Category Archives: Author’s Corner

Training Tip for Dogs and Cats

Training Tip for Dogs and Cats

Timing is everything! Make sure you reward them verbally within half a second of the desired behaviour. The same goes with reprimand; if they have stopped the behaviour there is no point reprimanding them afterwards.

Dogs and cats learn by ‘direct association’ if the behaviour is rewarded with attention it is more likely to be repeated. Some behaviours, such as jumping up at you, or vocalising to be fed should be met with inattention (i.e. ignored) but you must be consistent.

Training hints: Look or Watch

While we are on the topic of training lets look at how you can teach your dog to ‘look’ (you may even want to try it with a cat, good luck!)

Teaching your dog to make eye contact with you on command can encourage your dog to look to you for direction. It can also help to hold their focus when out walking & training. What a dog is looking at you they are giving you their full attention. To start this exercise hold a treat up near your eye (your dog should be sitting and you should be standing). Ask your dog to ‘look’ or ‘watch’. You will notice their eyes will focus on the treat but then (sometimes it takes a bit) they will look to your eyes (as if to say “are you going to give it to me!?!”). When they make eye contact reward them (verbally such as “good”) and then give them the treat. Repeat the process a number of times. Try not to repeat the command (just wait patiently to reward them when they look to you). You may find with some dogs it is easier to judge when they are looking if you hold the treat out and to the side away from your eye; for other dogs they may perform better when the treat is closer. Over time you should be able to hand gesture them to look toward your eyes & then reward from your other hand or pocket. If you have an aggressive dog, speak to your vet or animal behaviourist before trying this exercise.

Dogs are better than children. Why you may ask?

Dogs don’t ask…

Dogs aren’t embarrassed to be cuddled in public

Dogs don’t ask for money (just a bit of attention)

Most dogs aren’t fussy eaters

Dogs usually come when they are called….

Its BBQ time!

It’s great to be outdoors with your pets enjoying leisure time together but watch the hazards of barbeques. Apart from the obvious hazards of jumping up and burning paws on a hot barbeque or stealing burning hot food there are also a few other hazards. The main one is onion toxicity. Onions should be a human only food. For dogs and cats it can be quite dangerous; leading to a type of anaemia. Cats are even more susceptible. Small amounts over long periods or a larger amount at once can be quite damaging. Cooked, raw and dehydrated onion should not be fed to dogs or cats. There is no benefit to feeding onion and it certainly has the potential to cause harm. For more advice speak to your vet.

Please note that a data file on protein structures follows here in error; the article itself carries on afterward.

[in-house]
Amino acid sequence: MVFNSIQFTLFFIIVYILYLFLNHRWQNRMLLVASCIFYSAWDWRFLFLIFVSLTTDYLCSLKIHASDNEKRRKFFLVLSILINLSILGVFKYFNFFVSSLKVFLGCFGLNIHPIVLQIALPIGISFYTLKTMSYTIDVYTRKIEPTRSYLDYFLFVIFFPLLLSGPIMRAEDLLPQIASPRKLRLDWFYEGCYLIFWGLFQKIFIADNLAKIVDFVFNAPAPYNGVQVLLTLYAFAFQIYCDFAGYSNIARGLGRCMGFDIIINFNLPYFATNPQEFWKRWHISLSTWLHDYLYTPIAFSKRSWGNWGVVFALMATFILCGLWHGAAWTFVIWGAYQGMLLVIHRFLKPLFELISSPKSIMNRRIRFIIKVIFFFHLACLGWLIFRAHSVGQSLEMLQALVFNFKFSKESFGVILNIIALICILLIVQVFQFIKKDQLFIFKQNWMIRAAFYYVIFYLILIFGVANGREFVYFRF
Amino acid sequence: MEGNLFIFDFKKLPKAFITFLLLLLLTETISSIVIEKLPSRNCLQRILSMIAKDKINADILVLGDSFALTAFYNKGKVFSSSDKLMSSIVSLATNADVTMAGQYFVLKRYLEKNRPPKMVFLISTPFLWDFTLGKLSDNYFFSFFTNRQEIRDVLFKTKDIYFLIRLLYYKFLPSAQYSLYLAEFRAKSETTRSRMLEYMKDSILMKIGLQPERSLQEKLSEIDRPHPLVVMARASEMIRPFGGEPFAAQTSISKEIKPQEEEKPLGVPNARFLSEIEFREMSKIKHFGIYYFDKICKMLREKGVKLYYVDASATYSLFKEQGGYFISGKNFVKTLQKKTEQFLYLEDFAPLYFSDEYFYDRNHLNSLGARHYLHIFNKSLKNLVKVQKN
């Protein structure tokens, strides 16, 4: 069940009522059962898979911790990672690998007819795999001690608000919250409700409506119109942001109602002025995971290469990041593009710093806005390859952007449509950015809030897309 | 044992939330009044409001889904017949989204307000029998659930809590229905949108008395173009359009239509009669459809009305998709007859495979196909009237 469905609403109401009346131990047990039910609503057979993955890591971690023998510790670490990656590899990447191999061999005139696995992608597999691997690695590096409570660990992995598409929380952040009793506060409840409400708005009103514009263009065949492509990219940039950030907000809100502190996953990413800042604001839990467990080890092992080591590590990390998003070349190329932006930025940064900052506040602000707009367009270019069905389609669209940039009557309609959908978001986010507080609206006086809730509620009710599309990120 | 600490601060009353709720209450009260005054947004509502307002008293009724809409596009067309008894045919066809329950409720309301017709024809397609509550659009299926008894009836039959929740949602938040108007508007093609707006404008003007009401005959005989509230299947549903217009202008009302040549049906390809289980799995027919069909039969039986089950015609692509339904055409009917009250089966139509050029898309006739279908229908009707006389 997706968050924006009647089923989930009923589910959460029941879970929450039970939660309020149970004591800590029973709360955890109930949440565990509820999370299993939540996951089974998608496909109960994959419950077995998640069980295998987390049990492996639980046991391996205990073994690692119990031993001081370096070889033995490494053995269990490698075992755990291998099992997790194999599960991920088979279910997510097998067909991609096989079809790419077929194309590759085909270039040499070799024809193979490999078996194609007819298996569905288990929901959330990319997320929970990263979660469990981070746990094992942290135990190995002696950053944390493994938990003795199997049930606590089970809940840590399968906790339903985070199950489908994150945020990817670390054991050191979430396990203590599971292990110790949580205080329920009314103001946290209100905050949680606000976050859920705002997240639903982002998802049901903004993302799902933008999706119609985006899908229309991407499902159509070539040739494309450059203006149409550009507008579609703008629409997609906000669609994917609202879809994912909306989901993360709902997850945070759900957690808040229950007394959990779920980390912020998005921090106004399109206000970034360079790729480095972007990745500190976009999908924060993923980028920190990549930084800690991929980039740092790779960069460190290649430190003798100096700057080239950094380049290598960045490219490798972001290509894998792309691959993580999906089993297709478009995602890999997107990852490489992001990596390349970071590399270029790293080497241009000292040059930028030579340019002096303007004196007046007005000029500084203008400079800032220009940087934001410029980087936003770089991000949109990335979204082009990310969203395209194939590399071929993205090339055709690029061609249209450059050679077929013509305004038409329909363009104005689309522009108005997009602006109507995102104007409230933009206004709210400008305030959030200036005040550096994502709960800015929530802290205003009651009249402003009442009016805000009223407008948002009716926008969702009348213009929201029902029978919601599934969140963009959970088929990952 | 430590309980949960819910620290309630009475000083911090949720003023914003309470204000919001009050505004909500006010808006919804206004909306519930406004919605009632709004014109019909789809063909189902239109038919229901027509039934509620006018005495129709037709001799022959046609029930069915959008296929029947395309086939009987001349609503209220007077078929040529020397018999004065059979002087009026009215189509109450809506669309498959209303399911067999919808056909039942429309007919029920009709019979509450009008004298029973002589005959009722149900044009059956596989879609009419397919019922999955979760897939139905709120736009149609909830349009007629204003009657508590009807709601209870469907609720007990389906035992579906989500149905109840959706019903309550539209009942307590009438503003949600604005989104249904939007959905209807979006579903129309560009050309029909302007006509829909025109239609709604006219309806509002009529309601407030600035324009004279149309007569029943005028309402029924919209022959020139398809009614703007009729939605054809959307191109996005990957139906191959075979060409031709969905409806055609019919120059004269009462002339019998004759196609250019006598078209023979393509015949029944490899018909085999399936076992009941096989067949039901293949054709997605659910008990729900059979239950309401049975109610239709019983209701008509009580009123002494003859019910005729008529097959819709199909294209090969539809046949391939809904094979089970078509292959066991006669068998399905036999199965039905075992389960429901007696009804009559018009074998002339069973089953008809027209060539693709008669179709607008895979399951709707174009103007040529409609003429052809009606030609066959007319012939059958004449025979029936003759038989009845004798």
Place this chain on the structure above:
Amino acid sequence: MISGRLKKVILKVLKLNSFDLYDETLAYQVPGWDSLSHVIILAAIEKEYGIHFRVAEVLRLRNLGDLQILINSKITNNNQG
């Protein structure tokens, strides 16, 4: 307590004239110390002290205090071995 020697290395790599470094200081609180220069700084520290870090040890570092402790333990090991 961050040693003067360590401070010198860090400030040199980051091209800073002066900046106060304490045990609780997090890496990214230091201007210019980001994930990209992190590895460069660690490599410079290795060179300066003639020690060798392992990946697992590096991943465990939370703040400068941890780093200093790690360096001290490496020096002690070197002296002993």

Toxic foods

In the past we have talked about a number of toxic foods. One I haven’t mentioned before is Xylitol. Xylitol is commonly found in sugar free gum and lollies. It has been linked with low blood sugar in dogs and can be very harmful, even in quite small amounts. Make sure any products are kept out of reach of your animal companions; Apart from dogs it is still not clear as to what species can be harmed so just to be safe make sure it is out of reach.

For more information on training and behaviour see the ‘free articles’ page on our website. Just let us know what you would like to see and we can work on it!  The free articles on this page include;

Behaviour of older pets

DISOBEDIENCE; Hints and Tips

Hints and Tips When Moving House with Your Pet

Overview of Fears, Phobias and Anxieties in Dogs and Cats

Pulling on the lead

Separation anxiety

The loss of a pet

Training for dogs: The importance of trust.

Please let us know if you have any requests!

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Free Book Offer

Are you looking to bring a puppy into your family? Are you the proud new owner of a puppy? Or would you like to know more about bite inhibition? Then go to the link below as these two free book downloads are still available; “Before you get your puppy” and “After you get your puppy.” Both by Dr Ian Dunbar and both are great books. Follow the link below or cut and paste into your browser.

Do you own a pet business or any business for that matter?

A new online business directory has just been launched and we love it so much that we have become an affiliate. Why is it so great? Apart from it being free, it is a local business directory for people who want to be found locally (within 20 meters) to globally. We like to think of it as a cross between google and the yellow pages (but better). When you register you can enter up to 250 characters to describe your business and of course its keyword linked so your business description can get you found. It’s free to register so if you’d like to register then click on the register now link. For those who want to increase their exposure online there is also an option for an advertising page ($70 per year & you can update it every day if you want) or a direct website link ($250/yr). It’s just been launched so you’ll be hearing more very soon as it launches fully; look out for Uglii! (Unique geographic listing for industry). Although we are registering businesses in the animal care industry any business can register via our site. See for more information.

Prize winners. Our latest winners for July, August & September!

The following readers please reply to this email to claim your prize (or contact us via our webpage). These are subscribers who have also provided their postal address at the time of subscribing to enter our monthly prize draws. When you reply please give your full name so we can identify you, can you also let us know what breed of dog or cat you have. We will have all other details on record, including your postal address to which we will send your prize once you have contacted us.